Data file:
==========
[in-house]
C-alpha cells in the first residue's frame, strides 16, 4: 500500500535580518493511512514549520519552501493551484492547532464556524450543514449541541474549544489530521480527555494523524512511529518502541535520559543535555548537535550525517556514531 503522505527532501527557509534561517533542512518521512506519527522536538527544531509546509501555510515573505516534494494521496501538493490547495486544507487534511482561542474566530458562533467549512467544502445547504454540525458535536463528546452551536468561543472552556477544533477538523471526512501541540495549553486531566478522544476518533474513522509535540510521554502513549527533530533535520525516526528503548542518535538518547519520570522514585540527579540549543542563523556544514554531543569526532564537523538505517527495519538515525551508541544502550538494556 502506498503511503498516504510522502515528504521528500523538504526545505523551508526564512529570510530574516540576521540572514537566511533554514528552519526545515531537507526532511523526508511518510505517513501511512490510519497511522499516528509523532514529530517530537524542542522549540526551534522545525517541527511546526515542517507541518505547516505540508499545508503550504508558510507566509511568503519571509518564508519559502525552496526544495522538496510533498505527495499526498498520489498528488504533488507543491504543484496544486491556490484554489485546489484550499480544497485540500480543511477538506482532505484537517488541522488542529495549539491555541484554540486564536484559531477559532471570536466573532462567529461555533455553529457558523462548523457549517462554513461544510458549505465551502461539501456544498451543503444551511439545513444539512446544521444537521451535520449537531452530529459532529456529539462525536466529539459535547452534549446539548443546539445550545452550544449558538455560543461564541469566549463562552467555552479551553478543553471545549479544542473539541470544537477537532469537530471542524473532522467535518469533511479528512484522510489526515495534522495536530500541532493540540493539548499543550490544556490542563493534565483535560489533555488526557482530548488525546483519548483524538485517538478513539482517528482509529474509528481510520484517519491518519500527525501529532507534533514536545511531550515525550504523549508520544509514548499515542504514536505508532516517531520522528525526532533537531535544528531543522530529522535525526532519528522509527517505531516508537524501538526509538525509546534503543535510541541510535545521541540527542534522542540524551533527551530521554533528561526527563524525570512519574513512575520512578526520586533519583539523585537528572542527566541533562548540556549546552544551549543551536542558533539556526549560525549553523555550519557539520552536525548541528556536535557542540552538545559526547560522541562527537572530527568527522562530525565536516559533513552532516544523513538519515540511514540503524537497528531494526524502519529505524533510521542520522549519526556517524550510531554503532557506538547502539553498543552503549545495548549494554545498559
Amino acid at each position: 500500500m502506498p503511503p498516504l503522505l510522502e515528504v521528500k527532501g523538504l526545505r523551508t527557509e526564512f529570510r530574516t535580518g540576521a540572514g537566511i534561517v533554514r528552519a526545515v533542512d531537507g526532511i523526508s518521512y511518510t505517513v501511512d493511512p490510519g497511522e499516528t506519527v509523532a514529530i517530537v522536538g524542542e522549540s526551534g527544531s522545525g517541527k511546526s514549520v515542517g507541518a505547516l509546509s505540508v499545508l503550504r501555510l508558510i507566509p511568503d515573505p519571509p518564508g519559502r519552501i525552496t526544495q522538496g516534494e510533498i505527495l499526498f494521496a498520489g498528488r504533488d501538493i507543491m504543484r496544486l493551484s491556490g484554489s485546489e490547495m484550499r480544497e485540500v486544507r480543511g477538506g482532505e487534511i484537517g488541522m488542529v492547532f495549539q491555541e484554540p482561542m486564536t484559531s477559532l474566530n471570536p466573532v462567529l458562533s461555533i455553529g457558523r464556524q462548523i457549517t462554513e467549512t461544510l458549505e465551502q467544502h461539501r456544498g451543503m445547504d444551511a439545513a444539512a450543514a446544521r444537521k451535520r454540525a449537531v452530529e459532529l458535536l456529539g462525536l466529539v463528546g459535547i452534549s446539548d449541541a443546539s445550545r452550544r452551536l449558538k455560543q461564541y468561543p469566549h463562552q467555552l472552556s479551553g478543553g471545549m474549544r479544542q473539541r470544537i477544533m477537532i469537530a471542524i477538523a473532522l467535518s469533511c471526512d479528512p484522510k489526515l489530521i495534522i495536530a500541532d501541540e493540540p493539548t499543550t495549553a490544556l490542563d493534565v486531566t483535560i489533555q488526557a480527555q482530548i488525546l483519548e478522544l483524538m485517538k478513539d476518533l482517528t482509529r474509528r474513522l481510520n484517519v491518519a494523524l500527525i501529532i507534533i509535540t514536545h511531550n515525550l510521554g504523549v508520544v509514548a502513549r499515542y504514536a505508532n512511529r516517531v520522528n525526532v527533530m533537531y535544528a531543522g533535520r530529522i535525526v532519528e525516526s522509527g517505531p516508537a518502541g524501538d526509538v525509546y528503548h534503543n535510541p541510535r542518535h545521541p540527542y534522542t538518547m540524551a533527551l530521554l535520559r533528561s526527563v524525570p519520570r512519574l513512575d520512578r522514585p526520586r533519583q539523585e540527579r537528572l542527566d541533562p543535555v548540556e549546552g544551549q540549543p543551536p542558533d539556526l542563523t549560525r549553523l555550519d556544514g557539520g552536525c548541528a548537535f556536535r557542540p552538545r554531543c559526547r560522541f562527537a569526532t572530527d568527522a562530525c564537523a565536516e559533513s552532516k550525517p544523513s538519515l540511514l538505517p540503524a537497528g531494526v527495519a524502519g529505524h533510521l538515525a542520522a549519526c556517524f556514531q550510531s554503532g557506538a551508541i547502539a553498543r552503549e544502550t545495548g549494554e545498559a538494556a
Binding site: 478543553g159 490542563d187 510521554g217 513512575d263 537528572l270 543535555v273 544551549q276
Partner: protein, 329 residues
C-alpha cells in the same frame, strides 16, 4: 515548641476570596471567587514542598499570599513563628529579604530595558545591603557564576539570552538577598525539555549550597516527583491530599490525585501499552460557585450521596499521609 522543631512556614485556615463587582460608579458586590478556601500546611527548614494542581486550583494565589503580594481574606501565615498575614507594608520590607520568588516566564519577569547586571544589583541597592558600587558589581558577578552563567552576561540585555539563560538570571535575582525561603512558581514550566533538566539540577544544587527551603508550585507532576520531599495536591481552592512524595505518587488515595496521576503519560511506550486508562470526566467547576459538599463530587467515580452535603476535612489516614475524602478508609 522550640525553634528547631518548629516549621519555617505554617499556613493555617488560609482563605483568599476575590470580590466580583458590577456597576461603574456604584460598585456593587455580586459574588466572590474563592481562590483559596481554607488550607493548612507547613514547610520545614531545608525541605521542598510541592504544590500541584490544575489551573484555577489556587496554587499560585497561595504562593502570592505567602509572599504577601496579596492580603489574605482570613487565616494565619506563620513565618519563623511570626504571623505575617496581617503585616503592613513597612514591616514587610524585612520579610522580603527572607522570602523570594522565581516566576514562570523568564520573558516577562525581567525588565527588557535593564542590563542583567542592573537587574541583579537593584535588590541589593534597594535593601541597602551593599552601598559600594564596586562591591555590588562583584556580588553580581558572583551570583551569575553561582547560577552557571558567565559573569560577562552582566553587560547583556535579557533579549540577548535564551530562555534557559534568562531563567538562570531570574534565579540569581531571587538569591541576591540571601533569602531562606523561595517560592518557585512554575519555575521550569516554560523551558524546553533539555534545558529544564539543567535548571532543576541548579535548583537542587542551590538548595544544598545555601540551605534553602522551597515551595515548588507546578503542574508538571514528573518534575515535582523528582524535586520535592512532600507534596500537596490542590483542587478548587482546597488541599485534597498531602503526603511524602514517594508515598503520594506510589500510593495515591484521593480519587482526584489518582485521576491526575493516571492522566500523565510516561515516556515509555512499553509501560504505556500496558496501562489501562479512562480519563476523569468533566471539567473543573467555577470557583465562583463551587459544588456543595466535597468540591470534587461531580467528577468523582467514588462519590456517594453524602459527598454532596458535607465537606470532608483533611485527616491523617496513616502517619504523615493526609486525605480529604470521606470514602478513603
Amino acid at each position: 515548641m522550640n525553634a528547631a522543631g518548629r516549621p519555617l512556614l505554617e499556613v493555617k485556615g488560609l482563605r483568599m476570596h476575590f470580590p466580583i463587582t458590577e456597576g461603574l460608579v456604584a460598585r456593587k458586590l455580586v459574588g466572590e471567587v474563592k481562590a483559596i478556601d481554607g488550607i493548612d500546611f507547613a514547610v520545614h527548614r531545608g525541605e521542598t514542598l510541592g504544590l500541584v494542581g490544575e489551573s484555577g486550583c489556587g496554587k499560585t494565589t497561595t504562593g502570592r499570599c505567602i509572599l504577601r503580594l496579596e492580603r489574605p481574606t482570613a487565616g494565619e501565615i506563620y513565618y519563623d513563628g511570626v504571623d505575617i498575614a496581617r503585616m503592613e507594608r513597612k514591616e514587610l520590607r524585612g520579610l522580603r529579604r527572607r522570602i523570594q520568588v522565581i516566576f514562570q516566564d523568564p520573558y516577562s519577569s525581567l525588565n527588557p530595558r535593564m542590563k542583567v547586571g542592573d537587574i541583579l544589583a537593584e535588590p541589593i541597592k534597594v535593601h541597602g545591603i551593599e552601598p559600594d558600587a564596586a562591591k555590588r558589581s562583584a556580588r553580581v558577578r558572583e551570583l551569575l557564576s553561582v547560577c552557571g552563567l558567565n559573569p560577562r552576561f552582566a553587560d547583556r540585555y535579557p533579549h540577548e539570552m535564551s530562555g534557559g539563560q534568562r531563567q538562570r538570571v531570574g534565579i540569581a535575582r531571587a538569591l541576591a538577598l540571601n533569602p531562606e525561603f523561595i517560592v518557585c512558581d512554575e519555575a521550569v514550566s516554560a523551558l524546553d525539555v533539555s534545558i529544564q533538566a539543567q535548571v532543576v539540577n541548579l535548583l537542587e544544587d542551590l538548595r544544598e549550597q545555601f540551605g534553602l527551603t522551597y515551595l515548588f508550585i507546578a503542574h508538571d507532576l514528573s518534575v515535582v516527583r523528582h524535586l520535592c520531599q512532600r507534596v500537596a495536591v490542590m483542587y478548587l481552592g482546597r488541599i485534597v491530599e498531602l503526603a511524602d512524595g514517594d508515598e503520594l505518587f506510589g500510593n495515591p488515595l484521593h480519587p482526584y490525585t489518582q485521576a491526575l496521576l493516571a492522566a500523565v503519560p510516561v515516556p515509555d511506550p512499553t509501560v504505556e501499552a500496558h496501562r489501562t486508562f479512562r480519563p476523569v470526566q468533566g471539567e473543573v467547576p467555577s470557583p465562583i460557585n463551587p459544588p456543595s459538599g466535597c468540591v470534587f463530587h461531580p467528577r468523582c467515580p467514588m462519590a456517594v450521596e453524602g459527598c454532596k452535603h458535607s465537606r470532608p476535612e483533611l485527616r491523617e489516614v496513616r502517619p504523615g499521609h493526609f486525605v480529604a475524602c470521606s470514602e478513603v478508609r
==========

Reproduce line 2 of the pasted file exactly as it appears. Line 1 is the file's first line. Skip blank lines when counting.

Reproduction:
C-alpha cells in the first residue's frame, strides 16, 4: 500500500535580518493511512514549520519552501493551484492547532464556524450543514449541541474549544489530521480527555494523524512511529518502541535520559543535555548537535550525517556514531 503522505527532501527557509534561517533542512518521512506519527522536538527544531509546509501555510515573505516534494494521496501538493490547495486544507487534511482561542474566530458562533467549512467544502445547504454540525458535536463528546452551536468561543472552556477544533477538523471526512501541540495549553486531566478522544476518533474513522509535540510521554502513549527533530533535520525516526528503548542518535538518547519520570522514585540527579540549543542563523556544514554531543569526532564537523538505517527495519538515525551508541544502550538494556 502506498503511503498516504510522502515528504521528500523538504526545505523551508526564512529570510530574516540576521540572514537566511533554514528552519526545515531537507526532511523526508511518510505517513501511512490510519497511522499516528509523532514529530517530537524542542522549540526551534522545525517541527511546526515542517507541518505547516505540508499545508503550504508558510507566509511568503519571509518564508519559502525552496526544495522538496510533498505527495499526498498520489498528488504533488507543491504543484496544486491556490484554489485546489484550499480544497485540500480543511477538506482532505484537517488541522488542529495549539491555541484554540486564536484559531477559532471570536466573532462567529461555533455553529457558523462548523457549517462554513461544510458549505465551502461539501456544498451543503444551511439545513444539512446544521444537521451535520449537531452530529459532529456529539462525536466529539459535547452534549446539548443546539445550545452550544449558538455560543461564541469566549463562552467555552479551553478543553471545549479544542473539541470544537477537532469537530471542524473532522467535518469533511479528512484522510489526515495534522495536530500541532493540540493539548499543550490544556490542563493534565483535560489533555488526557482530548488525546483519548483524538485517538478513539482517528482509529474509528481510520484517519491518519500527525501529532507534533514536545511531550515525550504523549508520544509514548499515542504514536505508532516517531520522528525526532533537531535544528531543522530529522535525526532519528522509527517505531516508537524501538526509538525509546534503543535510541541510535545521541540527542534522542540524551533527551530521554533528561526527563524525570512519574513512575520512578526520586533519583539523585537528572542527566541533562548540556549546552544551549543551536542558533539556526549560525549553523555550519557539520552536525548541528556536535557542540552538545559526547560522541562527537572530527568527522562530525565536516559533513552532516544523513538519515540511514540503524537497528531494526524502519529505524533510521542520522549519526556517524550510531554503532557506538547502539553498543552503549545495548549494554545498559